The pandemic’s biggest tests still lie ahead

The pandemic’s biggest tests still lie ahead

Further lockdowns are unavoidable as vaccines are rolled out

The darkest hour, it is said, is always before the dawn. Just when vaccines had brought hope of a gradual loosening of restrictions and return to some kind of normality within months, the emergence of at least two more contagious variants of coronavirus means many populations instead face tighter lockdowns — with all the human and economic damage they bring. Pressures on healthcare systems, and deaths, may exceed those in the bleakest days of the first wave nine months ago. The first part of this year is set to look very different from what was expected even a few weeks ago.

Scientists had always known the virus would mutate. What they did not expect were mutations that were so extensive, or brought such rapid and sizeable changes in impact. The variant ripping through much of the UK — and already found in 25 countries — contains a striking 17 changes in its genomic code that might alter its behaviour. That helped it to supplant its predecessors and spread rapidly even during England’s November national lockdown. A variant found in South Africa has three meaningful changes to its spike protein that also help it to spread much more quickly — and produce a higher viral “load” among victims.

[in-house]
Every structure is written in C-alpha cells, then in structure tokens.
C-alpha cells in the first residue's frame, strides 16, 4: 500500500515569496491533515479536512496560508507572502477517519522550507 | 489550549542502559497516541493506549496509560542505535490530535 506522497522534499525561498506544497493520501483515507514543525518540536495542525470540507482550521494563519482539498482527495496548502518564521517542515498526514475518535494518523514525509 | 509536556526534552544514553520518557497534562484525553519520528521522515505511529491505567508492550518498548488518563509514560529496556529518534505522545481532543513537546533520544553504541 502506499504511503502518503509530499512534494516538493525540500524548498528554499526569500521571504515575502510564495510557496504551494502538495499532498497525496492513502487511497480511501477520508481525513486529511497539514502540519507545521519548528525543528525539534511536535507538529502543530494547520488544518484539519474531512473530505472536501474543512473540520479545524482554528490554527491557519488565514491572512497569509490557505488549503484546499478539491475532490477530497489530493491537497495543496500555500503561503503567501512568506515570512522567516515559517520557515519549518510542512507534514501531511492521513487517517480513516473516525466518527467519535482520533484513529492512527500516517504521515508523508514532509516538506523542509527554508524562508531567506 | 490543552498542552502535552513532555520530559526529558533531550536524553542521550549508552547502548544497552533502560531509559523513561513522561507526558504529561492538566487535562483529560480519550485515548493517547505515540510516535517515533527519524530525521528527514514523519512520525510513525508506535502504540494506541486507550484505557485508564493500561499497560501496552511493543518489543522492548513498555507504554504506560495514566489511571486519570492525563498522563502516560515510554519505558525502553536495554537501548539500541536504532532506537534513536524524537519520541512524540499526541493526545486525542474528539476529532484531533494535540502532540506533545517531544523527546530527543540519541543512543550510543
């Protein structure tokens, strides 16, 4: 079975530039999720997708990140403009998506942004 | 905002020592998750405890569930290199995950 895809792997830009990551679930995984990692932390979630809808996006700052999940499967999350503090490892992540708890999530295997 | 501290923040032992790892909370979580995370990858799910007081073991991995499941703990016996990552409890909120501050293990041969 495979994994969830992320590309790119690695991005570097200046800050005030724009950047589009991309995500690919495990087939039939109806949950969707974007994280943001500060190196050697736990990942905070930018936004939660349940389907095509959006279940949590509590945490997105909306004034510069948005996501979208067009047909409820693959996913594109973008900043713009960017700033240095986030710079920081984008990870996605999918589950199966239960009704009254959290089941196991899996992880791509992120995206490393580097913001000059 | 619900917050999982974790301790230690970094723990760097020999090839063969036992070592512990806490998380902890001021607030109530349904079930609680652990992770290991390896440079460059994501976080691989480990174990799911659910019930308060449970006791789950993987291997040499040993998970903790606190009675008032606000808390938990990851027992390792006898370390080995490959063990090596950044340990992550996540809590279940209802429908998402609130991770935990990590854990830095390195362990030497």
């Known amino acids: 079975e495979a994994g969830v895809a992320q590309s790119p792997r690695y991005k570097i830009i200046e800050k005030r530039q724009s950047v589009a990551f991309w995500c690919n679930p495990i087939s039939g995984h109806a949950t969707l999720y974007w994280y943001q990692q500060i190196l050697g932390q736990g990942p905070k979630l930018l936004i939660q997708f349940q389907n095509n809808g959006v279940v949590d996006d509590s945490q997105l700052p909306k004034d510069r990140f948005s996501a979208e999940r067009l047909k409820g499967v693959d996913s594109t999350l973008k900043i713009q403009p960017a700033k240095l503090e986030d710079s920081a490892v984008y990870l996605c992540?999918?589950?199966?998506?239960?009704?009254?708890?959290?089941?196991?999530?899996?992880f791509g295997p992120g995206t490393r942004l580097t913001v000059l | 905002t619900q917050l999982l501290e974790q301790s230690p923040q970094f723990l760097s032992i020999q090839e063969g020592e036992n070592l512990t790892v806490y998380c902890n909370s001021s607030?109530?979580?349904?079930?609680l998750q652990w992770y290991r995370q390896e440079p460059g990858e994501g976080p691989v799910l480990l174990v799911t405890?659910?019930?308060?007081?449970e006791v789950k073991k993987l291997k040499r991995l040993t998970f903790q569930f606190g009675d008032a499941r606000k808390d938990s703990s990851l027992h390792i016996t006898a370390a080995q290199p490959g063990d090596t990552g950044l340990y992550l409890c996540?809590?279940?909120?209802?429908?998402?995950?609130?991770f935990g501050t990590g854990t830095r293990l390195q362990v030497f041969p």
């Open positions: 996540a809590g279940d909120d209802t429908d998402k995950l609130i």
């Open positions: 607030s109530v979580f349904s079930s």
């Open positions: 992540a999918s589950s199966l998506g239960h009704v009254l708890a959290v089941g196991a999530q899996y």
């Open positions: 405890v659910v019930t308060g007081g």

For now, the variants do not seem to have higher mortality rates — though, arithmetically, higher transmission rates left unchecked will lead to more deaths. Neither variant is thought to be more resistant to existing vaccines, though scientists worry more about the South African strain. The creator of the BioNTech/Pfizer vaccine has said the jab can be modified to fight mutant strains within six weeks. But even that would cause crucial delays.